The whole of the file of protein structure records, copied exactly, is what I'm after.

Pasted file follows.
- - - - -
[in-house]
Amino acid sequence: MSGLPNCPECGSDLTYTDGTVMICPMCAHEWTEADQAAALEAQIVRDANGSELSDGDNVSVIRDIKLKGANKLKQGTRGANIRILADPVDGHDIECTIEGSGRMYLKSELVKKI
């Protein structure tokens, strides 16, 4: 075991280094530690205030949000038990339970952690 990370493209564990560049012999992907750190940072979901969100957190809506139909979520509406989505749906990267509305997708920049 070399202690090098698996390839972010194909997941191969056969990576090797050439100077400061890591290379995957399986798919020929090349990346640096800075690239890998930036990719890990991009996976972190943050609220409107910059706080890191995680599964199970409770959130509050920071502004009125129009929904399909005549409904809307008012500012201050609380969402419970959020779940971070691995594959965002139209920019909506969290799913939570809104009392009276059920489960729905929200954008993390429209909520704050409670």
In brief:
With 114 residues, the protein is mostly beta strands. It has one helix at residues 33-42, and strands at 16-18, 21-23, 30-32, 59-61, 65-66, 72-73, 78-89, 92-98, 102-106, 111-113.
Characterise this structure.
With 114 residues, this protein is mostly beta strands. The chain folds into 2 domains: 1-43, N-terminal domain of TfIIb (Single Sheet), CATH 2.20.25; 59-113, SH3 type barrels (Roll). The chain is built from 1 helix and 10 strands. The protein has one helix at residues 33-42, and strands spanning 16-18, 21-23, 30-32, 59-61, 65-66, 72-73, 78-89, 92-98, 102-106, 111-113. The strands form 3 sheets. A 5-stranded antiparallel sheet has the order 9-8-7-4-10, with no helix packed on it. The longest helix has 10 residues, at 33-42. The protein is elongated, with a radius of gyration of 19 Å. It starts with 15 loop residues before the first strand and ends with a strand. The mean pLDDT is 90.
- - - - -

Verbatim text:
[in-house]
Amino acid sequence: MSGLPNCPECGSDLTYTDGTVMICPMCAHEWTEADQAAALEAQIVRDANGSELSDGDNVSVIRDIKLKGANKLKQGTRGANIRILADPVDGHDIECTIEGSGRMYLKSELVKKI
């Protein structure tokens, strides 16, 4: 075991280094530690205030949000038990339970952690 990370493209564990560049012999992907750190940072979901969100957190809506139909979520509406989505749906990267509305997708920049 070399202690090098698996390839972010194909997941191969056969990576090797050439100077400061890591290379995957399986798919020929090349990346640096800075690239890998930036990719890990991009996976972190943050609220409107910059706080890191995680599964199970409770959130509050920071502004009125129009929904399909005549409904809307008012500012201050609380969402419970959020779940971070691995594959965002139209920019909506969290799913939570809104009392009276059920489960729905929200954008993390429209909520704050409670």
In brief:
With 114 residues, the protein is mostly beta strands. It has one helix at residues 33-42, and strands at 16-18, 21-23, 30-32, 59-61, 65-66, 72-73, 78-89, 92-98, 102-106, 111-113.
Characterise this structure.
With 114 residues, this protein is mostly beta strands. The chain folds into 2 domains: 1-43, N-terminal domain of TfIIb (Single Sheet), CATH 2.20.25; 59-113, SH3 type barrels (Roll). The chain is built from 1 helix and 10 strands. The protein has one helix at residues 33-42, and strands spanning 16-18, 21-23, 30-32, 59-61, 65-66, 72-73, 78-89, 92-98, 102-106, 111-113. The strands form 3 sheets. A 5-stranded antiparallel sheet has the order 9-8-7-4-10, with no helix packed on it. The longest helix has 10 residues, at 33-42. The protein is elongated, with a radius of gyration of 19 Å. It starts with 15 loop residues before the first strand and ends with a strand. The mean pLDDT is 90.